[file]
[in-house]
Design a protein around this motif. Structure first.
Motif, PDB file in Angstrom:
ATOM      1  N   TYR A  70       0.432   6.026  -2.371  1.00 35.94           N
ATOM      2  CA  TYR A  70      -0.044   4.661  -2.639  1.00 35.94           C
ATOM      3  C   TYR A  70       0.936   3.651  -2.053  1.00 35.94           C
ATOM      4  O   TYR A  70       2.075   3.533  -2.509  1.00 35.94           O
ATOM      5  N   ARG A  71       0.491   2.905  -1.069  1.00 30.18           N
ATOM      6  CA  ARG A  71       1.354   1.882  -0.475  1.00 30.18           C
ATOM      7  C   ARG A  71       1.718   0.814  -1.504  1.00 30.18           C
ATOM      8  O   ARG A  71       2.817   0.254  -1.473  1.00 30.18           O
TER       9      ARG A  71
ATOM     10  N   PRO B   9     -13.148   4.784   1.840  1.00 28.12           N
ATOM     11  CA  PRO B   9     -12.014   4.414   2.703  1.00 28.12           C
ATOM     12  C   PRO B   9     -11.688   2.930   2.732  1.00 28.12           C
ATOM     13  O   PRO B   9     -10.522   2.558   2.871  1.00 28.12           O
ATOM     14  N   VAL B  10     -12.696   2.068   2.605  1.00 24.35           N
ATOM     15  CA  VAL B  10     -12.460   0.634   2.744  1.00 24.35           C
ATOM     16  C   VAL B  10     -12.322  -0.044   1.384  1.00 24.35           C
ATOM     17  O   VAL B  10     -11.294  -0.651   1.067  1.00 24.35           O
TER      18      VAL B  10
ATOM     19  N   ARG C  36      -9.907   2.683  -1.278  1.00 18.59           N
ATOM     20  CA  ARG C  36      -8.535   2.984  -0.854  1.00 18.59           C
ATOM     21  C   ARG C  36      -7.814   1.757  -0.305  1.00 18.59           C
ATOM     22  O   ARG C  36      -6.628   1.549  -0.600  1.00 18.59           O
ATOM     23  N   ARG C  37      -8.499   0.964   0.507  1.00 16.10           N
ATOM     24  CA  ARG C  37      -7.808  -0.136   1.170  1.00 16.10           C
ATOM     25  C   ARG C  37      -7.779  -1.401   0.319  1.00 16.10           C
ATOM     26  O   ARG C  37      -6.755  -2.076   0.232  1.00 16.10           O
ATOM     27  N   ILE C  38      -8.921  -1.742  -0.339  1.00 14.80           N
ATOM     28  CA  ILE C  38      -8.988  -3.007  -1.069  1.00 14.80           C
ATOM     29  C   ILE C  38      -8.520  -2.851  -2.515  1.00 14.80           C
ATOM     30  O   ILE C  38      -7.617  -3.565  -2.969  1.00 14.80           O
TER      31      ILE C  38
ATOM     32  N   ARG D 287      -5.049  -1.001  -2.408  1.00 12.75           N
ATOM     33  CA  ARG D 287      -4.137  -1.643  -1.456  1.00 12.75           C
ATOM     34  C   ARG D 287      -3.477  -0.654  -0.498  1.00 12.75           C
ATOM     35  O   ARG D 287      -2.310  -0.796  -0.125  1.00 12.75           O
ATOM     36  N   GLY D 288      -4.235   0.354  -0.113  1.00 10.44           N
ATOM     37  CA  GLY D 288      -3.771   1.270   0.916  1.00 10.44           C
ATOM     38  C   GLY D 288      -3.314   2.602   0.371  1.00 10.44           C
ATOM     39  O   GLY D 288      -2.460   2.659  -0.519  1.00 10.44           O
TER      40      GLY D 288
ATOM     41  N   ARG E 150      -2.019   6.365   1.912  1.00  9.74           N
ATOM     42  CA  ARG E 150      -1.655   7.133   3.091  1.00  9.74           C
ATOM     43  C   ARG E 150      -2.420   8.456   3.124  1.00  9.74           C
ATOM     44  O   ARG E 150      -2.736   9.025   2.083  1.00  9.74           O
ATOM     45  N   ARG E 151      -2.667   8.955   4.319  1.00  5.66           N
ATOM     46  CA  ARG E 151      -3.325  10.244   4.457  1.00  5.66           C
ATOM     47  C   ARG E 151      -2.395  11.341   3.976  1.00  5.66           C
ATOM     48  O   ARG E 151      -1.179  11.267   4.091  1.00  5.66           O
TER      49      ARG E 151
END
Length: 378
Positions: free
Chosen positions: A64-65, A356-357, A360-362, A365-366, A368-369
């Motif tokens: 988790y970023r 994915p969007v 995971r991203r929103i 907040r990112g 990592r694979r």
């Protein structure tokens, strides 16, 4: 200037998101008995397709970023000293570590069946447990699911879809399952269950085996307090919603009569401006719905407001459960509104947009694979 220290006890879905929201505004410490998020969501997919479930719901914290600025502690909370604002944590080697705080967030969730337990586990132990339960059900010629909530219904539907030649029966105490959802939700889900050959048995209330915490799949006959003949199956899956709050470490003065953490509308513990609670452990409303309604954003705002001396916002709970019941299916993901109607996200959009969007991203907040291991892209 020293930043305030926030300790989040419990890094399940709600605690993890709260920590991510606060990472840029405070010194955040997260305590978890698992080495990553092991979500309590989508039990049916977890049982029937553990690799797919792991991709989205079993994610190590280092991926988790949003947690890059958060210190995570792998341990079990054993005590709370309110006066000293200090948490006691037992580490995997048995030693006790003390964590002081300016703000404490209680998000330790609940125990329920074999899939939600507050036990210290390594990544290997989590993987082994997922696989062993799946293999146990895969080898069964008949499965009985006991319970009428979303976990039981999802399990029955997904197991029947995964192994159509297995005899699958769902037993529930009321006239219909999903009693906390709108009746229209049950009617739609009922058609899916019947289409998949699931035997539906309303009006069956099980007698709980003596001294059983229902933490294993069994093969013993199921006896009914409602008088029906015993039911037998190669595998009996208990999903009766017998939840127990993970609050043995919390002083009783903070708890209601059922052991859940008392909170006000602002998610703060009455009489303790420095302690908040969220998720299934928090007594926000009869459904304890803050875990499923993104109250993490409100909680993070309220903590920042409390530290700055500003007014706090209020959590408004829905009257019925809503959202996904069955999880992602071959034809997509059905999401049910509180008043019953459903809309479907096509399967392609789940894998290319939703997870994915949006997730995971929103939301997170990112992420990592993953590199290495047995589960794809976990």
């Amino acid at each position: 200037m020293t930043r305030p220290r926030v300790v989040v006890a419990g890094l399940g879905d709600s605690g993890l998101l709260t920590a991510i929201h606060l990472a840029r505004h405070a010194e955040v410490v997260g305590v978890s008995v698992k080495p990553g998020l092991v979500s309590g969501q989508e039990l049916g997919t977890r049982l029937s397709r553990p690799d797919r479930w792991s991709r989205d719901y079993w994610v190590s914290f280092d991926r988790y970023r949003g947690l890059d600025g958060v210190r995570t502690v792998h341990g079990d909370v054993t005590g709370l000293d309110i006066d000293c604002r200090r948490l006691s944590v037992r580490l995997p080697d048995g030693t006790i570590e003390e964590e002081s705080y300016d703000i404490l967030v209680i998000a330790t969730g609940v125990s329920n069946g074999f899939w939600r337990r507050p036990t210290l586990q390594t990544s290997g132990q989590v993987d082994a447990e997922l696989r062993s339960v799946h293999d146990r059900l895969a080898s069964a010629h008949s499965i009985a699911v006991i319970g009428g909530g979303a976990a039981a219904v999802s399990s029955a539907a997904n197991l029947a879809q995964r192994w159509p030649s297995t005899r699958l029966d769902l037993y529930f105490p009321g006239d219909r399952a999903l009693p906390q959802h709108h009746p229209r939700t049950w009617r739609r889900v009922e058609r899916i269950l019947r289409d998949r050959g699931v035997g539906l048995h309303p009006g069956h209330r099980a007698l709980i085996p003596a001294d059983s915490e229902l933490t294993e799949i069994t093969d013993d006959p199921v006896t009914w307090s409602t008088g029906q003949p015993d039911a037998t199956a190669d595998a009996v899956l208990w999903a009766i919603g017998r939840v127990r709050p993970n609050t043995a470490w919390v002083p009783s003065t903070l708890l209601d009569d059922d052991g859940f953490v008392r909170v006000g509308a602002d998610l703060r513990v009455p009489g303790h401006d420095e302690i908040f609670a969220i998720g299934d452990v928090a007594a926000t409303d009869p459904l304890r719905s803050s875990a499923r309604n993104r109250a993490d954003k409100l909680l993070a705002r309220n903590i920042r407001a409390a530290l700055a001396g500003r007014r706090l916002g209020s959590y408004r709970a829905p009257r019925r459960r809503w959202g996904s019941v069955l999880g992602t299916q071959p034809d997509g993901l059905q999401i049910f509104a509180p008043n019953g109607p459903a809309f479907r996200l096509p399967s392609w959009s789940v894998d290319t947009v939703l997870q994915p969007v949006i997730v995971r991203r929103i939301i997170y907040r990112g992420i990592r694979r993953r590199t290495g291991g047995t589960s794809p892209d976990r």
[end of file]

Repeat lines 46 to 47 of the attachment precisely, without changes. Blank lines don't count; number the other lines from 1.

ATOM     43  C   ARG E 150      -2.420   8.456   3.124  1.00  9.74           C
ATOM     44  O   ARG E 150      -2.736   9.025   2.083  1.00  9.74           O